coalition came into government -- we have earned low interest rates.


We need to keep conference of the markets and give businesses


confidence to invest. -- keep We also need confidence to get


people back into work, hence the infrastructure plans, which are a


very smart way of getting people into work. But we are talking about


such small amounts of money. �20 billion, in terms of loans to small


businesses. �30 billion of infrastructure spending, it is a


drop in the ocean. Are you certain it is going to have a short-term


effect in terms of boosting growth? The eurozone is probably a big


issue... It is, but let's focus on those figures. We have heard the


OECD saying we are going to be in recession in the next two quarters,


how will �50 billion changed the picture? The government is using


its balance sheet. Because the government can borrow at low rates,


by reducing the interest rate that businesses can borrow at, it gives


banks the confidence to lend. not just the �20 billion, banks can


now feel that they can guy had to learn to business. The big issue,


and you are absolutely right, the eurozone crisis. Commentators are


saying, this is partly Ed Balls' proposal for the economy, so you


must be delighted, Labour will be backing all of these plans. We wait


to see the detail of what George Osborne comes out with tomorrow.


You support what we have heard so far? We are very sceptical. On the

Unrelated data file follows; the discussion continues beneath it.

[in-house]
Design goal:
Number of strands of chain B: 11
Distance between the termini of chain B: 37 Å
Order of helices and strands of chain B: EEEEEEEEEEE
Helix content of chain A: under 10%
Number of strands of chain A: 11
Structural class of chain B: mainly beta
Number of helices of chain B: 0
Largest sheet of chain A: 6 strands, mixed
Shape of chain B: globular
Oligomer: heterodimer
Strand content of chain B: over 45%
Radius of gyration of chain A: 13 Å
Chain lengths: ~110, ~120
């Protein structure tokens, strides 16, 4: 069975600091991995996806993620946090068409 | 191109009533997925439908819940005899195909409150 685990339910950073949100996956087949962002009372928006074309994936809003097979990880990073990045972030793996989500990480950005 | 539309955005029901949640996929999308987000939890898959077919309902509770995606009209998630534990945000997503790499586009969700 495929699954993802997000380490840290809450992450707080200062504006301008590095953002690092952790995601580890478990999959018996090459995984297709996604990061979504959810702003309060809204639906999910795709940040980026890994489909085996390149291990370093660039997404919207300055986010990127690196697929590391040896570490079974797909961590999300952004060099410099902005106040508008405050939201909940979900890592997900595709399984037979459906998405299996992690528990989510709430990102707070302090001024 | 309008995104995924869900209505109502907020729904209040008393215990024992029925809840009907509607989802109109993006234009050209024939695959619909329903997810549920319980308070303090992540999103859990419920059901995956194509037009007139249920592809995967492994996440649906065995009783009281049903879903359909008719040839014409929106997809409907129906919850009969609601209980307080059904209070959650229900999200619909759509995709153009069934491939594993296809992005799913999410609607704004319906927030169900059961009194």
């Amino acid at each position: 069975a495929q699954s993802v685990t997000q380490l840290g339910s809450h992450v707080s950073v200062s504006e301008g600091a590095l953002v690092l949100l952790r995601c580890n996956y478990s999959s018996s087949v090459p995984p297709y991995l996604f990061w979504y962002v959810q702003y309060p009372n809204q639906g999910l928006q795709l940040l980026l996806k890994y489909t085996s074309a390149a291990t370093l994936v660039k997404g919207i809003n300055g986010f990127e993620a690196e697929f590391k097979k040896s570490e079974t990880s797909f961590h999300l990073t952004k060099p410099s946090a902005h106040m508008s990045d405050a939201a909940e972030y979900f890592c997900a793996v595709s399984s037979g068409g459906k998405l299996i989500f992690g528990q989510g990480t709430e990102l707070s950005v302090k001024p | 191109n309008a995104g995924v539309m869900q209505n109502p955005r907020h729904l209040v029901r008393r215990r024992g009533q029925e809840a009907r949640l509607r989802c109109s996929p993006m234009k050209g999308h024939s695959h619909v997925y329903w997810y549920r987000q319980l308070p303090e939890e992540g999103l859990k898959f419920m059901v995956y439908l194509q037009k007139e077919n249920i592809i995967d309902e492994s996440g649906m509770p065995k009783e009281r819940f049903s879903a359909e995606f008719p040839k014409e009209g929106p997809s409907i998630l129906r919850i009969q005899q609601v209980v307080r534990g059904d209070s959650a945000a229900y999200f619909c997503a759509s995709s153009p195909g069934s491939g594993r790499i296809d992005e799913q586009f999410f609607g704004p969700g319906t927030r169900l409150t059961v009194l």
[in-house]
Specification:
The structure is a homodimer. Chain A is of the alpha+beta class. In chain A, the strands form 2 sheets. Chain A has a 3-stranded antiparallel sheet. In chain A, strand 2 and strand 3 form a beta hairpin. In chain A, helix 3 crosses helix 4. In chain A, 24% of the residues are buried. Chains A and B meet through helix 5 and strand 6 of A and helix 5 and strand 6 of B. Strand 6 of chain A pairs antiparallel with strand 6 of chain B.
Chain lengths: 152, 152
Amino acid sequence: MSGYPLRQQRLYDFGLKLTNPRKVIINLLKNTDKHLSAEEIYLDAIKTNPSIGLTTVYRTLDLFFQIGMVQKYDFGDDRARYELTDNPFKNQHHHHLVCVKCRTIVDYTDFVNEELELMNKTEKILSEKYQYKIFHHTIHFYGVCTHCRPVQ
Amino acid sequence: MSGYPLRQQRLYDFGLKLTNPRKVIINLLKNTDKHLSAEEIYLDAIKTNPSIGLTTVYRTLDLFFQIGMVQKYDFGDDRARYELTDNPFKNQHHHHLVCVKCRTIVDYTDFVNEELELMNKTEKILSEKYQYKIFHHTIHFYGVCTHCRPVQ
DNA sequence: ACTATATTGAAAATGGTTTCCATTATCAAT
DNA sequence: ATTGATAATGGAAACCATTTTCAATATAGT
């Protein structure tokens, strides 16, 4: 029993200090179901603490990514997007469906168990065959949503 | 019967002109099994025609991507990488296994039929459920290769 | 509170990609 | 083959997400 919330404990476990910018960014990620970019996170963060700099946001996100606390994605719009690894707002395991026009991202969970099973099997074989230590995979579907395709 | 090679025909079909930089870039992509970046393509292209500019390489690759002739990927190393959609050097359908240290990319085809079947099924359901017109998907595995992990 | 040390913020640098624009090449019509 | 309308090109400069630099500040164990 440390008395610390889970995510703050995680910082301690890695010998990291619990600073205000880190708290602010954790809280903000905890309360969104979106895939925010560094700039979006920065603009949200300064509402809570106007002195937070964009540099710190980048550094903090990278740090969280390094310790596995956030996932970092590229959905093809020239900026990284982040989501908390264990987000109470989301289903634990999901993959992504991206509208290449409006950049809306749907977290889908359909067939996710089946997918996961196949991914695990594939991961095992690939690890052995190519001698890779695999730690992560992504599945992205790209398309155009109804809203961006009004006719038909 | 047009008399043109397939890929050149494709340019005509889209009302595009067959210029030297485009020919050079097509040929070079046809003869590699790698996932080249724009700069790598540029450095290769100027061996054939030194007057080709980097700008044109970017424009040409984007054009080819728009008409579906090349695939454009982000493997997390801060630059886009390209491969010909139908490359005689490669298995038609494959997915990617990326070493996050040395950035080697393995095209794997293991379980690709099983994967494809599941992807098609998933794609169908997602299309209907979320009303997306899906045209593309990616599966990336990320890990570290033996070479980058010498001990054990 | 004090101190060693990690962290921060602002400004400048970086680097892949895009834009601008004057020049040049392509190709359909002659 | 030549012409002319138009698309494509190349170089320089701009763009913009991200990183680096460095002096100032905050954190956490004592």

infrastructure element, we wait to see if they are new projects or


regurgitated projects. Ed Balls said to bring forward


infrastructure projects. We will be delighted if they are new projects.


If they are projects that are going ahead anyway, that will be


problematic. We know it is not new money, the government has made that


clear, but they are finding money from other areas. If that is the


case, I presume tomorrow the response will be very positive.


is about the whole package. Our is the OECD going to say we are going


to see jobs creation and growth in the economy? On current indications


we are going to see unemployment rise over the course of next year,


right up to over 9%. And we are going to see growth flat lining.


That is what we will judge tomorrow's Autumn Statement on and


the indications are it will not be very positive. In terms of the


amount of money we are talking about, Ed Balls was not suggesting


much more, your plan would not work either. We want to see a whole


package of things, not just infrastructure. We want to see a


plan for jobs in growth which sees people in work and the economy


growing. The infrastructure is just one element. If the government is


going to come forward with four other points, we will be happy.


Would you like to see bigger amounts of money boosting the


economy? The last Labour government through the kitchen sink at the